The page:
Domestic Violence Programs Struggling To Help Those In Need
SPRINGFIELD, Ill. (WRSP) —
Domestic violence programs in Illinois have been waiting months for state funding.
Organizations recently found out that the roughly $9 million in state aid was left out of the stop gap budget, which passed in July.
Domestic abuse shelters and program leaders from around the state met in Springfield Thursday.
They were having tough conversations on how to save money while they wait longer for funds.
“You learn to be dependent pretty quickly,” Jennifer Gabrenya said.
Gabrenya is a survivor of domestic abuse, and a victim of its destructive force.
“I am not one of the people who has one of those happy families that was able to stay intact,” Gabrenya said.
She went on to say survivors and victims are going to need to look harder to find help in Illinois.
“They've already provided the services for 8 months; now they have to be paid for all of that. They've been carrying that on their backs,” Illinois Coalition Against Domestic Violence Executive Director Vickie Smith said.
Smith advocates for domestic abuse shelters. She says the state made the mistake of not putting the correct appropriations for the 62 state programs.
Smith tells us they're now behind $18 million.
“They had to submit budget for those signed contracts and many of them had to make sure the budgets were accurate and they had to amend them,” Smith said.
With no state money coming in, these sanctuaries are facing cuts.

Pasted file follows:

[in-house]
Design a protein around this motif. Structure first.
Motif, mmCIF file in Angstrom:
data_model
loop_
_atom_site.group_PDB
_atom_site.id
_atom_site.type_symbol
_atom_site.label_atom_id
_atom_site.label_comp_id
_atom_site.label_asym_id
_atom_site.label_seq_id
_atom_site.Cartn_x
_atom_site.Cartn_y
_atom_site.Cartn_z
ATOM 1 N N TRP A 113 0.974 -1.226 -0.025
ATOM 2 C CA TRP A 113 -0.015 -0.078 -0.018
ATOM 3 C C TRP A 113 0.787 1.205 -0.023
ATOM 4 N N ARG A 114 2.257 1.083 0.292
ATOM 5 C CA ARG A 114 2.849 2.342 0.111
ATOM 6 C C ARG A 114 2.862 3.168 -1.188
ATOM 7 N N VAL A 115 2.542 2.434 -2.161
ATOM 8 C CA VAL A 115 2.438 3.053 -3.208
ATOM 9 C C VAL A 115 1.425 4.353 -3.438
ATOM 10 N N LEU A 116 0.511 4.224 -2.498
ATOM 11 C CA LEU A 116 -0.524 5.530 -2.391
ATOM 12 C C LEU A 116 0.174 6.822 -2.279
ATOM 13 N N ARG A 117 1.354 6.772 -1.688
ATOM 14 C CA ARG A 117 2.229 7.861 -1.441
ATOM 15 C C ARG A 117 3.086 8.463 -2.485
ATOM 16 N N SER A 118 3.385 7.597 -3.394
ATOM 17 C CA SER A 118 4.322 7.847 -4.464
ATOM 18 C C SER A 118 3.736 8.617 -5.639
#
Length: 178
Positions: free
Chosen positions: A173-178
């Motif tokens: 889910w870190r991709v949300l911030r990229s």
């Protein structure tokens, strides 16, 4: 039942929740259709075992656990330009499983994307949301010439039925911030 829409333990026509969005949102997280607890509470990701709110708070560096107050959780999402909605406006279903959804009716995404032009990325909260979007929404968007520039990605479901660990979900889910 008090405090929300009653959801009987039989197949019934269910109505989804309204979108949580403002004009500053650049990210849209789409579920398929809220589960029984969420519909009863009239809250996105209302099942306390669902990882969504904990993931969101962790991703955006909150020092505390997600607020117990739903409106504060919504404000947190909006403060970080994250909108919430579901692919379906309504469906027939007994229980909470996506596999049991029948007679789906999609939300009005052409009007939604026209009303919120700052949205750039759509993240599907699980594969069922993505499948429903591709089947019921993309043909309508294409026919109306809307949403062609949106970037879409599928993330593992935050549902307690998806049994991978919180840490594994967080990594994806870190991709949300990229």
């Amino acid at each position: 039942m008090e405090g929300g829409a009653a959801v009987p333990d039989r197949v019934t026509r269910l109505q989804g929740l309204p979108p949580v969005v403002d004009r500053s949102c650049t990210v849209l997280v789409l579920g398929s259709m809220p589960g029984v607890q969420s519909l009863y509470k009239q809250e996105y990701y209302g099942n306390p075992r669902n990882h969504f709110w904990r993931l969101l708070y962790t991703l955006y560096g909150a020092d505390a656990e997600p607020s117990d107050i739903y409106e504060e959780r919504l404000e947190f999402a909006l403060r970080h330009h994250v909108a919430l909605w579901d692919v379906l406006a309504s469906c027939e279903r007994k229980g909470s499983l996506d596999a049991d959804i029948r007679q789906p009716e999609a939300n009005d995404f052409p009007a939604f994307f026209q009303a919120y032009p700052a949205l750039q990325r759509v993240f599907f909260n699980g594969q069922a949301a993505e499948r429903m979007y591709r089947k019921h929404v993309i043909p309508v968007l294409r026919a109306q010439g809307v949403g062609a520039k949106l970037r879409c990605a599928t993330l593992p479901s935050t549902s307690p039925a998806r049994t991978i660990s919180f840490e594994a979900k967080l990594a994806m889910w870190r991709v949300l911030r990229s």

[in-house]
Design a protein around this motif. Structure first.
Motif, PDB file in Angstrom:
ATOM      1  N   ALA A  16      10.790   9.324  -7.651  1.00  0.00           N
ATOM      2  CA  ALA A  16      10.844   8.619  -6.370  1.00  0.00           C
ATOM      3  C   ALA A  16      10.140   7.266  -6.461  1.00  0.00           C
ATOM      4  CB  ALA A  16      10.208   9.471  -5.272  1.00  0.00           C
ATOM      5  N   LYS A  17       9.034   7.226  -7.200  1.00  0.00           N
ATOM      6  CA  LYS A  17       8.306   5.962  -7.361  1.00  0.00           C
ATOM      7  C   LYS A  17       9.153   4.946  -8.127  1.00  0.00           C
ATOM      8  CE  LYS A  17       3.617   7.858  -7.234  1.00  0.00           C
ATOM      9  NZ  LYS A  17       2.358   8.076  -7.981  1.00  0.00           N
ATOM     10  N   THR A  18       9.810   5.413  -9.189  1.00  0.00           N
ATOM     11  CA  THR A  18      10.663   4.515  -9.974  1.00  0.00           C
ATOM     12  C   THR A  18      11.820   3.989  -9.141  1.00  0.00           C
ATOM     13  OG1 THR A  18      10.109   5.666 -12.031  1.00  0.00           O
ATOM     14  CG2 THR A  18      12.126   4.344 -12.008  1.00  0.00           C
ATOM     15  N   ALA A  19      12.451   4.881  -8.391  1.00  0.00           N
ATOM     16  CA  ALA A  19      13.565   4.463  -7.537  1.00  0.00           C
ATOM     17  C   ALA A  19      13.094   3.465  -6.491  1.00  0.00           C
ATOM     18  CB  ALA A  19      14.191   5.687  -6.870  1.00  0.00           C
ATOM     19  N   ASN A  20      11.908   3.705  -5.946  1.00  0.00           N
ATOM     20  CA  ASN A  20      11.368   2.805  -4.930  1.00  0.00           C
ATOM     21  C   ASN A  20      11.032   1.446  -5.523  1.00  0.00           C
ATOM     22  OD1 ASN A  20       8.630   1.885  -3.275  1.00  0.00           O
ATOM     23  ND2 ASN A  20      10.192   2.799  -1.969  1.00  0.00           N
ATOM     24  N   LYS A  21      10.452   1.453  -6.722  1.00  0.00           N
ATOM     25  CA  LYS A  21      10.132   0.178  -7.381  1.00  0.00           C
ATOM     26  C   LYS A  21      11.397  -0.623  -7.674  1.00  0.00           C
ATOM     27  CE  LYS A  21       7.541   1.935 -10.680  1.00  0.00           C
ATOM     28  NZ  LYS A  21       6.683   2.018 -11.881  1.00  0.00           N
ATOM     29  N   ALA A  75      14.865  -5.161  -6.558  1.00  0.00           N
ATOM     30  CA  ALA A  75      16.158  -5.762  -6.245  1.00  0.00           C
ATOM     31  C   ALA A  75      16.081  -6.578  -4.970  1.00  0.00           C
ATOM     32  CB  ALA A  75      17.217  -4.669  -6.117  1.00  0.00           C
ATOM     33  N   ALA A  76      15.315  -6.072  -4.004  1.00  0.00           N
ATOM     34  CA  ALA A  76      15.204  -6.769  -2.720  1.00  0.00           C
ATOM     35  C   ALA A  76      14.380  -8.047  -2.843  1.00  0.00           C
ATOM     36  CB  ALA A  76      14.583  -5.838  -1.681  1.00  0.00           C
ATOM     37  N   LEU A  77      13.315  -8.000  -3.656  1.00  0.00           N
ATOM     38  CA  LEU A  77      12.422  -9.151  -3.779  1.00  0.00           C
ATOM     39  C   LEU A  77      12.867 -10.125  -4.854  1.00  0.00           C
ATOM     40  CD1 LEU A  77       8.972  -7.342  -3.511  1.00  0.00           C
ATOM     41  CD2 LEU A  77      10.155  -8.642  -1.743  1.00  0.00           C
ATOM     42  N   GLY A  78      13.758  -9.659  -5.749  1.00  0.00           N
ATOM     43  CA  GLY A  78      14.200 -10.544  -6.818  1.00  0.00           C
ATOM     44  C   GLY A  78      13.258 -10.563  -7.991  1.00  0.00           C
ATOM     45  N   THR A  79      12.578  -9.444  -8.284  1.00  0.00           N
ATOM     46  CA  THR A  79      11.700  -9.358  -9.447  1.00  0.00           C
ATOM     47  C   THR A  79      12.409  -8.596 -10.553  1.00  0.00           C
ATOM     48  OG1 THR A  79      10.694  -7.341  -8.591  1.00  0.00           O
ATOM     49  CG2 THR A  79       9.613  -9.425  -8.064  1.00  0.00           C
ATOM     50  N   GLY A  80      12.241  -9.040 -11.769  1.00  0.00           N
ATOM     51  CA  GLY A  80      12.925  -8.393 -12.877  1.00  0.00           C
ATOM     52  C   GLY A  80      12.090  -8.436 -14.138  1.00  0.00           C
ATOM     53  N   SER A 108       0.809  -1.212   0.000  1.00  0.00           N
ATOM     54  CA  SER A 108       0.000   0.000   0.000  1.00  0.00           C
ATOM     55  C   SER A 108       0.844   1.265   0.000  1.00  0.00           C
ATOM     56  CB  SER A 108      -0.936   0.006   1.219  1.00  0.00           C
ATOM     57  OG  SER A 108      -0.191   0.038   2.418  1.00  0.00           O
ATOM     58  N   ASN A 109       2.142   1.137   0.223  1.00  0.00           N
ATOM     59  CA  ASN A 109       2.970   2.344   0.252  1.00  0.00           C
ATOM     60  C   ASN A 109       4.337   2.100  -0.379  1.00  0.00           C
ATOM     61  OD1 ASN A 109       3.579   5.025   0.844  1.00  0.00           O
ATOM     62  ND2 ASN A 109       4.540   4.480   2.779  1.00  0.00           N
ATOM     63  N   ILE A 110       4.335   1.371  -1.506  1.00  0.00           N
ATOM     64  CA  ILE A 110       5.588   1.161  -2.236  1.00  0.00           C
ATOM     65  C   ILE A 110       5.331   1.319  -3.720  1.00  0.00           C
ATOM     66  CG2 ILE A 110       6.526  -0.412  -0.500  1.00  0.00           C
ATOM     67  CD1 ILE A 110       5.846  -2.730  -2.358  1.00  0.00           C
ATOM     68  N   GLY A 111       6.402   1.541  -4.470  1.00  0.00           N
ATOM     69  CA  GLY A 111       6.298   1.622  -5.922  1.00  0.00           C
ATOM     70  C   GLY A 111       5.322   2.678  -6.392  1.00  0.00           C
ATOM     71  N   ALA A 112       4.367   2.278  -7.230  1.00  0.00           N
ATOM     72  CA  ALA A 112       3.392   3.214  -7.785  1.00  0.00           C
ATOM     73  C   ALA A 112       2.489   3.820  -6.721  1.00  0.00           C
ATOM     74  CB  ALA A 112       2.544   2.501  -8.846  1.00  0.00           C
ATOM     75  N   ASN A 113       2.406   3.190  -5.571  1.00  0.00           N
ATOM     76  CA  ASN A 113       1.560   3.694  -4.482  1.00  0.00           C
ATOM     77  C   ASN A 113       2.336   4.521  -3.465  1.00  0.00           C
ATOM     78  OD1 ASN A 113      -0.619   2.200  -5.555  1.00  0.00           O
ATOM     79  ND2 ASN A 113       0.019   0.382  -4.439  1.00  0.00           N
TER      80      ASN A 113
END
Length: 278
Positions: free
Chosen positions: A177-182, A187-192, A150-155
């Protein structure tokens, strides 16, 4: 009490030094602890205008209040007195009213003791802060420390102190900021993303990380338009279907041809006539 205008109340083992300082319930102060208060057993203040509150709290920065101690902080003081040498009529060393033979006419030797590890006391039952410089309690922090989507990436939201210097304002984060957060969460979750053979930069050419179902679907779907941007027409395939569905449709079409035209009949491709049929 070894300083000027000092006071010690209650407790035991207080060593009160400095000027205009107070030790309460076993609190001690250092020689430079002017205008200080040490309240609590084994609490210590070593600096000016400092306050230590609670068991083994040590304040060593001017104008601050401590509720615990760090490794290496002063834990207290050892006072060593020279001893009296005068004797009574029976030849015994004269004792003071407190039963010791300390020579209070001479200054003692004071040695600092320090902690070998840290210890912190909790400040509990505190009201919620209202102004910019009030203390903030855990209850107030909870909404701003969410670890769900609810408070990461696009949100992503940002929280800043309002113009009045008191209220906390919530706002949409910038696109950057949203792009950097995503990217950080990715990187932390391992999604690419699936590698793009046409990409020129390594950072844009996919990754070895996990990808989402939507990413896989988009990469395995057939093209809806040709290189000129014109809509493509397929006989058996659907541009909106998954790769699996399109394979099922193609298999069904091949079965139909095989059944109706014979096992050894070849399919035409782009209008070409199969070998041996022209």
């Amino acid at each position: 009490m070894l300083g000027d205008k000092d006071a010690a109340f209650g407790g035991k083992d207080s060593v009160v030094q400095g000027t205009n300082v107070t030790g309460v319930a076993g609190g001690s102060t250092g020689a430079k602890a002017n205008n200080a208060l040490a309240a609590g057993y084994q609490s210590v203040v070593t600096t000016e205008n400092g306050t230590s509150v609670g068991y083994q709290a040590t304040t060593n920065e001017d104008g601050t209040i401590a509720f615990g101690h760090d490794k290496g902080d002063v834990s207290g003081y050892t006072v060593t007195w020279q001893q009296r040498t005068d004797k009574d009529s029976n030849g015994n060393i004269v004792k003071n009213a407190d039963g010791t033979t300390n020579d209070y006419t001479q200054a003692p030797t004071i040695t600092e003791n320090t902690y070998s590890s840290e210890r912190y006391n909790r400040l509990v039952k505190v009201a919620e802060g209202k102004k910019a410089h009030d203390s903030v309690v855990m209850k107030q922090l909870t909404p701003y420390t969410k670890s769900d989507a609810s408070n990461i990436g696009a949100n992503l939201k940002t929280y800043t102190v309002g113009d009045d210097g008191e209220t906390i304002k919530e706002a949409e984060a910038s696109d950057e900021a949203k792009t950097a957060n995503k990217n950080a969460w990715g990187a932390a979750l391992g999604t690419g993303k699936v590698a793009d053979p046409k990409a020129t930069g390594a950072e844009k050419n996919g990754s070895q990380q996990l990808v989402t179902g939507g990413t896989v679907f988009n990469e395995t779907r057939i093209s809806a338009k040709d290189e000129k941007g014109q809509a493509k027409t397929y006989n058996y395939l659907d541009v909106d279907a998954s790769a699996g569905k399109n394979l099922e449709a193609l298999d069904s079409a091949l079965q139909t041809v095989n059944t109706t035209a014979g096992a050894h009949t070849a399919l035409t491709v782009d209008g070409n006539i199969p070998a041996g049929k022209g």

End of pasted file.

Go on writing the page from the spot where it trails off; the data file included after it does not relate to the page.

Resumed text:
Angela Bertoni works for the Sojourn Shelter and oversees orders of protection and the 32 bed facility in Springfield.
Bertoni says she doesn't know what else she can eliminate.
“I mean, how do you cut either of those services without putting those peoples’ lives in danger,” Bertoni said.
Jennifer knows what it's like already to not have these resources. Her earliest memories of abuse started when she was 9-years-old.
“A lot of anger towards my father Gabrenya said. “When my parents got divorced I think I was the happiest person.”
This survivor wanted to make sure no child ever felt the pain she felt. That is why she became a director of her own shelter in suburban Chicago.
“I think it's invaluable for children to know what's happening in their families is not their fault and there are places for them to go and get help… I am afraid of the day when we know for sure that someone has died because they couldn't reach out to a program to get the help that could have saved them,” Gabrenya said.